India's central bank raised its key interest rate by half a percentage point Tuesday, its ninth hike in just over a year, warning that persistent inflation is threatening growth in Asia's third-largest economy.
The bank said the short-term lending rate _ or repo rate _ will go from 6.75 percent to 7.25 percent, a sharper hike than expected, and warned that growth would slow to around 8 percent this fiscal year from 8.6 percent last fiscal.
The move was seen as a sign that the Reserve Bank of India is willing to sacrifice short-term growth to control inflation, dismaying business groups and investors, who sent the benchmark Sensex index down 2.4 percent Tuesday.
"Persistent high inflation undermines growth," Reserve Bank Gov. D. Subbarao said. "If we want to sustain growth in the medium term, we need to bring down inflation. We sacrifice a little now for much more later."
India suffers from the worst inflation of any major Asian economy despite the Reserve Bank's aggressive rate hikes, suggesting that curing the problem will require structural reform, rather than monetary policy alone.
High oil prices, loose fiscal policy and supply constraints have muted the impact of the Reserve Bank's long fight against inflation. The bank had raised the effective policy rate by 3.5 percentage points prior to Tuesday's move. That put pressure on growth, with capital goods production and investment softening, but it hasn't been enough to contain inflation, which came in at a higher-than-expected 9 percent in March.
Reserve Bank deputy governor Subir Gokarn said in an interview that India's inflation outpaces the region because of supply bottlenecks and because food, which has been a major driver of price rises, constitutes such a high percentage of the inflation basket _ 27 percent for the headline Wholesale Price Index and from 46 to 69 percent of India's various consumer price indices.
Gokarn said monetary policy remains effective in controlling core inflation _ the cost of non-food manufactured goods, like automobiles and construction materials _ which constitute 55 percent of the Wholesale Price Index.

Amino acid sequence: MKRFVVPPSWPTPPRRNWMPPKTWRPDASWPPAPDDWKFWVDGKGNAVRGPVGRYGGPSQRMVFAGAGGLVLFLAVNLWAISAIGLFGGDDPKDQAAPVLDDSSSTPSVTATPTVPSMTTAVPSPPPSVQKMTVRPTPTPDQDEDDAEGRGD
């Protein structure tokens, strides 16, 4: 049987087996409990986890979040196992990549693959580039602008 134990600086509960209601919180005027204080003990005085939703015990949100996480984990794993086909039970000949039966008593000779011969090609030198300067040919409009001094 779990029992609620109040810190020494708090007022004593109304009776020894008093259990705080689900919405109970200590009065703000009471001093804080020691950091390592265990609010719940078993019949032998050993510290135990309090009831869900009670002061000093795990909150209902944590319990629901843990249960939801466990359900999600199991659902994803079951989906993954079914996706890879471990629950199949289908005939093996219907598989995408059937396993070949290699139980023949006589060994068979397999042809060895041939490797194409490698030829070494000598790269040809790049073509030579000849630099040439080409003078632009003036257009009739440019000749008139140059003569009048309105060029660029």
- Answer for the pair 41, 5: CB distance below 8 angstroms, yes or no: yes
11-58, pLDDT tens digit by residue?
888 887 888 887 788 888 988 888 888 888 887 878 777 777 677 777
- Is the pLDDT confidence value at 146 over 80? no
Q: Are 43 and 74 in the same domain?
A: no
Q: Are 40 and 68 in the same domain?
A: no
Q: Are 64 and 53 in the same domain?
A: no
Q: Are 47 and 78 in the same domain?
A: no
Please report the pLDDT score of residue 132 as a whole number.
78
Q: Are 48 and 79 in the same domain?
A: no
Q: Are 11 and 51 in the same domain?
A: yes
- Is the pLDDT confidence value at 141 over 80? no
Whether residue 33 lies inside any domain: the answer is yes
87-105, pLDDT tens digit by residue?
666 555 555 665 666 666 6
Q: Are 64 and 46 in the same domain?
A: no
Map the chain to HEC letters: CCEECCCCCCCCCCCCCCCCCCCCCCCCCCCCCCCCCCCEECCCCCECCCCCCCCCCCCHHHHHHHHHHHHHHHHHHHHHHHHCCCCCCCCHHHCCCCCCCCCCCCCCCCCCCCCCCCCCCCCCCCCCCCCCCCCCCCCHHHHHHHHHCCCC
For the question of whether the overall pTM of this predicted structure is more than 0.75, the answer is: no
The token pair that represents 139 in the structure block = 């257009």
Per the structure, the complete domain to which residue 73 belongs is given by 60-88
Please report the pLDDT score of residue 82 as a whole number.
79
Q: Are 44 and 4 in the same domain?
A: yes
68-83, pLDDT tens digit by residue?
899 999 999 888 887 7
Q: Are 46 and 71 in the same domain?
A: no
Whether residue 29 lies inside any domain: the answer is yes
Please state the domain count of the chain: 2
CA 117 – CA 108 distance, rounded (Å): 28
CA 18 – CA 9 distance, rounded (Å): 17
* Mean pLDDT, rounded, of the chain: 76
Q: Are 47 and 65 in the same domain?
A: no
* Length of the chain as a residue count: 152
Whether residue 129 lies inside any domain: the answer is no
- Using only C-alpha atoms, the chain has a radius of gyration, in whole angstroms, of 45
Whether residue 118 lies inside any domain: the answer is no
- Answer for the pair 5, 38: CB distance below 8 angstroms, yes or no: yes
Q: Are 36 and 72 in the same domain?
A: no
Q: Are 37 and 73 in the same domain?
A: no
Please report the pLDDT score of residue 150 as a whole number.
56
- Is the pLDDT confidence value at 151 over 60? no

"That is quite sensitive to monetary policy," he said. "What happens elsewhere, in terms of food and energy is clearly beyond our control."
He said fiscal consolidation and better production and distribution of food _ especially protein products like pulses, milk and eggs, which are in greater demand as Indians get richer _ are critical to easing prices.
"The domestic supply response is critical," he said.
The bank said it expects inflation to remain near 9 percent for the first half of the fiscal year before softening to 6 percent by next March.
The bank expects economic growth to slow to between 7.4 percent and 8.5 percent this fiscal year, if monsoon rains are normal and crude oil prices average $110 a barrel.
That is lower than New Delhi's projection of 9 percent growth and dents the ruling Congress party's hopes of using the gains of double-digit growth to alleviate poverty and create jobs for millions of young Indians. Most Indians live on less than $2 a day.
"They've acknowledged they are willing to sacrifice some growth to control inflation," said Samiran Chakraborty, head of India research at Standard Chartered in Mumbai. "This is a sea change in monetary policy."
Wages in India have been rising faster than inflation, crimping corporate margins along with higher input costs.
"Inflation expectations arising from the demand side need to be contained," Chakraborty said. "This rate hike was needed to make sure we're not into a wage price spiral."
Business leaders decried the Reserve Bank of India's move as too aggressive.
"We are afraid that with growth slowing down, as now admitted by the RBI, employment targets will not be achieved and this could generate greater social pressure," Rajiv Kumar, director general of the Federation of Indian Chambers of Commerce and Industry, said in a statement.
Chandrajit Banerjee, director general of the Confederation of Indian Industry, urged the government to move forward on long-delayed reforms in agriculture, land use and foreign investment.
"The continued monetary tightening without any movement on structural reforms to address supply side bottlenecks will have an added impact on capacity creation and expansion," he said.
The bank said that from now on it will set only one policy rate, the repo rate, and fix the reverse repo rate _ or short-term borrowing rate _ at 1 percentage point below the repo rate. Tuesday's rise automatically brings the reverse repo rate to 6.25 percent.